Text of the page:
Lockdown, like development, has created territorial traps. It appears to be an obvious response to COVID-19 from the biomedical and classic market-economics perspectives. From the biomedical point of view, stopping people from moving represents a basic method for preventing the virus from spreading. Meanwhile, rational-choice economists assume that population movement is unidirectional as people logically leave areas of low economic opportunity, such as the former rural homelands, for the cities.
In contrast, those who pay close attention to the sociocultural aspects of economic theory and focus more on what people are doing, the so-called ‘substantivists’ in Polanyi’s framework, would have noticed that many people in the cities are gravitating to the rural areas. Rationalists would say that these people are moving because they realise that jobs will be scarce during the COVID-19 crisis, and there is more space for social distancing in rural areas.
However, we might interpret this movement differently. People are more likely to reflect on the social and cultural significance of home at this critical time, especially those who have essentially never been welcomed and given full citizenship in the city. They may reflect on questions of moral integrity and security, kinship and close-knit social relations, and cultural identity, as well as historical experiences of migration and threats to life and dignity posed by the spread of COVID-19 and lockdown restrictions.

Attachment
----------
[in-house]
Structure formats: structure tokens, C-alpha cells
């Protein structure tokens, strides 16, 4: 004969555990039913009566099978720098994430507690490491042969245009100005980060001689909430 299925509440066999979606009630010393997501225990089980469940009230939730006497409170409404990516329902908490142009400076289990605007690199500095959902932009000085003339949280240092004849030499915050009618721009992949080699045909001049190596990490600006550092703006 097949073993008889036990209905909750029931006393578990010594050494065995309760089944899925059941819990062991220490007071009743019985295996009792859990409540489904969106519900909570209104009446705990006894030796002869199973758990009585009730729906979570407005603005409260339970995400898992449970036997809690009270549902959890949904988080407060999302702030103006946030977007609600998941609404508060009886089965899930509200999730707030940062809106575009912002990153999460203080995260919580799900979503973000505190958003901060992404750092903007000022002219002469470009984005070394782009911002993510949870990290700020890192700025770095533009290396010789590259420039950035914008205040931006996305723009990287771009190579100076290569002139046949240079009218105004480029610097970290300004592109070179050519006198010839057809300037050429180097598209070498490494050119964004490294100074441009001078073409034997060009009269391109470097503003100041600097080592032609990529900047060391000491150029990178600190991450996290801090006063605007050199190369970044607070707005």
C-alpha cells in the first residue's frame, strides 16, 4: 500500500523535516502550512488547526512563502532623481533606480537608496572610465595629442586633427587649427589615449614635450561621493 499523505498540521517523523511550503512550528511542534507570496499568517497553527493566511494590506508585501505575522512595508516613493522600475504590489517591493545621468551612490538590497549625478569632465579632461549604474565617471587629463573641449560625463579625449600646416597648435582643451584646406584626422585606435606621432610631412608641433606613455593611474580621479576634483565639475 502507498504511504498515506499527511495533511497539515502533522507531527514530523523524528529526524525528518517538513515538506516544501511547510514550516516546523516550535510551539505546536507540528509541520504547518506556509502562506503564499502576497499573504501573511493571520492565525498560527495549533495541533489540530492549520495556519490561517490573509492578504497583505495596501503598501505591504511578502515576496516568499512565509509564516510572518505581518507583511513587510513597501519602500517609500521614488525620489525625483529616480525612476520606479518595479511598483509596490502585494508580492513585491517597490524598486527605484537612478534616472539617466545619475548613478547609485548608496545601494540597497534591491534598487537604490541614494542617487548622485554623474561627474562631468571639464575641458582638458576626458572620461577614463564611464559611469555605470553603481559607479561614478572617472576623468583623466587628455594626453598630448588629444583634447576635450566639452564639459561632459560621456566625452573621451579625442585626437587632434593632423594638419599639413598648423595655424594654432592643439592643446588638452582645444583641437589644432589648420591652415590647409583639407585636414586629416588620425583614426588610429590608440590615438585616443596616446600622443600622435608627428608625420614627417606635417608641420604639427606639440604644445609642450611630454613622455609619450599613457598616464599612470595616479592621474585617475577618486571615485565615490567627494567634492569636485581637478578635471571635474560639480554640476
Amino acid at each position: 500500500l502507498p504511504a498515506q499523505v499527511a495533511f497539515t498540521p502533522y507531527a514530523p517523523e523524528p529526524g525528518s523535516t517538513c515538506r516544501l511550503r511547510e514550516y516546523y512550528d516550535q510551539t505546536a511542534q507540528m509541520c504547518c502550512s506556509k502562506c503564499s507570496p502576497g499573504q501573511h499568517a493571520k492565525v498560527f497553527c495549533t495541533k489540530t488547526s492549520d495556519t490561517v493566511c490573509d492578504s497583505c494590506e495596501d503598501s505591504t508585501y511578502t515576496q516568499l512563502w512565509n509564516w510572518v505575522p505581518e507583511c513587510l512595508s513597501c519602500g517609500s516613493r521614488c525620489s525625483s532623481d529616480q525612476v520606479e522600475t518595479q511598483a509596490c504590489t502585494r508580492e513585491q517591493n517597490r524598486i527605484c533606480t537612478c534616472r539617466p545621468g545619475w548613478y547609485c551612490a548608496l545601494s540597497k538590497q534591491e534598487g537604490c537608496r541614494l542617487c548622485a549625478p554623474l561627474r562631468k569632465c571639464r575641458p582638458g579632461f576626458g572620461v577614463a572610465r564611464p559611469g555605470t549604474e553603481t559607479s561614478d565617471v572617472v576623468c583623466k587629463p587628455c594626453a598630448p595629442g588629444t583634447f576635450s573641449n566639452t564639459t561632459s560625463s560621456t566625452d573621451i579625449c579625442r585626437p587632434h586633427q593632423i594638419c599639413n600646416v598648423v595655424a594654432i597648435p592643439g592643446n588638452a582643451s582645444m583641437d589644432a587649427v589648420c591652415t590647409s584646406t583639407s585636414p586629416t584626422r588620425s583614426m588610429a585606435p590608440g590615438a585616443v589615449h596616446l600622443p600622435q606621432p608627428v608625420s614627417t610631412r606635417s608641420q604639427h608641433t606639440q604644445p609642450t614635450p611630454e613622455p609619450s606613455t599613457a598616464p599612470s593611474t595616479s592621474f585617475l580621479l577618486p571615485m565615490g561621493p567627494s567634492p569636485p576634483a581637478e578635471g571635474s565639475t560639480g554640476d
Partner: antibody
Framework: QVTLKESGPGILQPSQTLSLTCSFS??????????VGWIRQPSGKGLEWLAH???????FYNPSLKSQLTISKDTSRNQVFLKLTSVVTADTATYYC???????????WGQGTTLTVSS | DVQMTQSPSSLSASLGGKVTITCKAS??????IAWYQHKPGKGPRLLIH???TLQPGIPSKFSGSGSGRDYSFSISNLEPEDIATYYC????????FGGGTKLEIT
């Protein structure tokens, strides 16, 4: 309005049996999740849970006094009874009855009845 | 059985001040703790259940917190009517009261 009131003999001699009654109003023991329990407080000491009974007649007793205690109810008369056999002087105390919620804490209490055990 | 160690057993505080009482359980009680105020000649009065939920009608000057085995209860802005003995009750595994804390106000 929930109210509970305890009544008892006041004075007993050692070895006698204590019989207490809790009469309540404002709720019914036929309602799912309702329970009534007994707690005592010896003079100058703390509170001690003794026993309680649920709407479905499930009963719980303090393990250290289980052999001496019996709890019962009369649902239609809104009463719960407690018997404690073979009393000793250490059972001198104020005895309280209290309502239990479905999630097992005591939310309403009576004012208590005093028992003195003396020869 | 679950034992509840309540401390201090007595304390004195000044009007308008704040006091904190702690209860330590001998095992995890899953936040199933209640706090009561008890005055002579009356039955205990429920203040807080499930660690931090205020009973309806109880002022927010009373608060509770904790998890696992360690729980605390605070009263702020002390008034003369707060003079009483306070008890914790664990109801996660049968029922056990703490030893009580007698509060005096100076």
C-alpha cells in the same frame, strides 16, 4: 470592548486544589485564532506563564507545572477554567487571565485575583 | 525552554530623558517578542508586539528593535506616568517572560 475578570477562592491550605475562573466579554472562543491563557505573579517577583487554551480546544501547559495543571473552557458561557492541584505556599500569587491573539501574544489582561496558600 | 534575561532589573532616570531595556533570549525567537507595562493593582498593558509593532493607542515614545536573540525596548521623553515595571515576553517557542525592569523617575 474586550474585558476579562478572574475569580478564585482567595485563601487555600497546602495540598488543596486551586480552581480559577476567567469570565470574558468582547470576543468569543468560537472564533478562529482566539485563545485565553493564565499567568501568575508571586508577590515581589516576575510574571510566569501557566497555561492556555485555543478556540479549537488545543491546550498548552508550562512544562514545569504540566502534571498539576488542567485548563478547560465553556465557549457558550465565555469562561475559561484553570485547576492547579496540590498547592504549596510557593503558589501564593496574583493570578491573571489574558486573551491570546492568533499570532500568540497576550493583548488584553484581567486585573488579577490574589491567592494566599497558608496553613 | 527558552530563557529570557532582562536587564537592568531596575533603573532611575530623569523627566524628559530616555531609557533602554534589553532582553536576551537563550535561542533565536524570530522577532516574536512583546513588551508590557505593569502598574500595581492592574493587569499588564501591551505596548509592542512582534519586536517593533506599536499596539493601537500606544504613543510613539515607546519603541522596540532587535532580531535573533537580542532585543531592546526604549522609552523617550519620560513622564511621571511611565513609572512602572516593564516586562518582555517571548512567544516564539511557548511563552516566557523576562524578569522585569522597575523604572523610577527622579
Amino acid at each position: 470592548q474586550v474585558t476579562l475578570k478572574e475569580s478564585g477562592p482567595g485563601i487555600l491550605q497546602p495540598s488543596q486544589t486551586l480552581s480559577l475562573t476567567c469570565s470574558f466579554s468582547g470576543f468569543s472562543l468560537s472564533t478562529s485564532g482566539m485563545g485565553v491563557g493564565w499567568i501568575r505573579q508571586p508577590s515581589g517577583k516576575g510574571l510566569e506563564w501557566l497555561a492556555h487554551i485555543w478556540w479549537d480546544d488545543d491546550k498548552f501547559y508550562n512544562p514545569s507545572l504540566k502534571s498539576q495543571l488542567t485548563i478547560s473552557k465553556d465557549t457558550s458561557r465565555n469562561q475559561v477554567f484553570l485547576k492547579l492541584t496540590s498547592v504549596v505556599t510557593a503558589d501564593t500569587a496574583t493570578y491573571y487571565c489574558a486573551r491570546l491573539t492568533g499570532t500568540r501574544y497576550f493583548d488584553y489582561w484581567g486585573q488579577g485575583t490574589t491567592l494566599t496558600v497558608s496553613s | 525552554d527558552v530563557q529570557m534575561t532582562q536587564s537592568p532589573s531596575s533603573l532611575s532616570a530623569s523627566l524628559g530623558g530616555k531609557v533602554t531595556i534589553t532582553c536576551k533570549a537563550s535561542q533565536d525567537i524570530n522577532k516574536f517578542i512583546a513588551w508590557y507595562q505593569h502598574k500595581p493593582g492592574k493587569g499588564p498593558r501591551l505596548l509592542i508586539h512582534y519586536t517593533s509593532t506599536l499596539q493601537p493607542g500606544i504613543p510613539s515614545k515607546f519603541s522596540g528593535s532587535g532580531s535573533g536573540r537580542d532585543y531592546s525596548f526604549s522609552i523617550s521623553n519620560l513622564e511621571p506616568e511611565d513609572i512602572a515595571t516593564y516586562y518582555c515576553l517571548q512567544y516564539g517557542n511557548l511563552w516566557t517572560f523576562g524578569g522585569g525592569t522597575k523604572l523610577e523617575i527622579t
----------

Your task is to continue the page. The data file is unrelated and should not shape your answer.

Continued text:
The evidence from rural communities in the Eastern Cape suggests that many people from the cities have returned to their rural homes to be with their families at this dangerous time. They are apparently also catching up on customary ceremonies and rites that they might not have been able to perform earlier by virtue of long absences in the city.
Visits to the rural home are enabling people to re-centre their lives spiritually and culturally, and to reconnect their families and children to their home places. In reflecting on this movement, it is important to note that those who have land and homes in rural areas have retained these, often at great cost to themselves and their families, as a form of resistance to colonialism and dispossession.
Holding on to these places, however remote they may be, has its own rationality. There is a logic to why people continue to ‘suffer for territory’ in the ways they do, and retain their connections with an ancestral home and culture. This includes holding on to ideas of an ‘old nation’, which have been rapidly pushed aside by new ways and social change in recent years.
In this context, home is a kind of heartland, a reference to a moral community. It is not an abstract place defined by Western science, a site for the spread of germs and disease, nor merely a spatial container of economic opportunities. In terms of the ‘people’s science’ of everyday life, home in South Africa is translocal and often stretched across space, to ensure that both survival and social reproduction remain possible in difficult times.
Consequently, economic and medical science alone will not be effective in managing the spread of COVID-19 in South Africa. Interventions must be able to connect with people’s own practices of householding and their adaptations to challenges of everyday life.
Against this background, the apparent failure of the South African government to develop policies and programmes that are responsive and attuned to the promotion of a ‘people’s science’ and the persistent practice of translocality in the country lies at the heart of the current contestation among provinces over the movement of people.
Author: Prof Leslie Bank, strategic lead in the HSRC’s Inclusive Economic Development division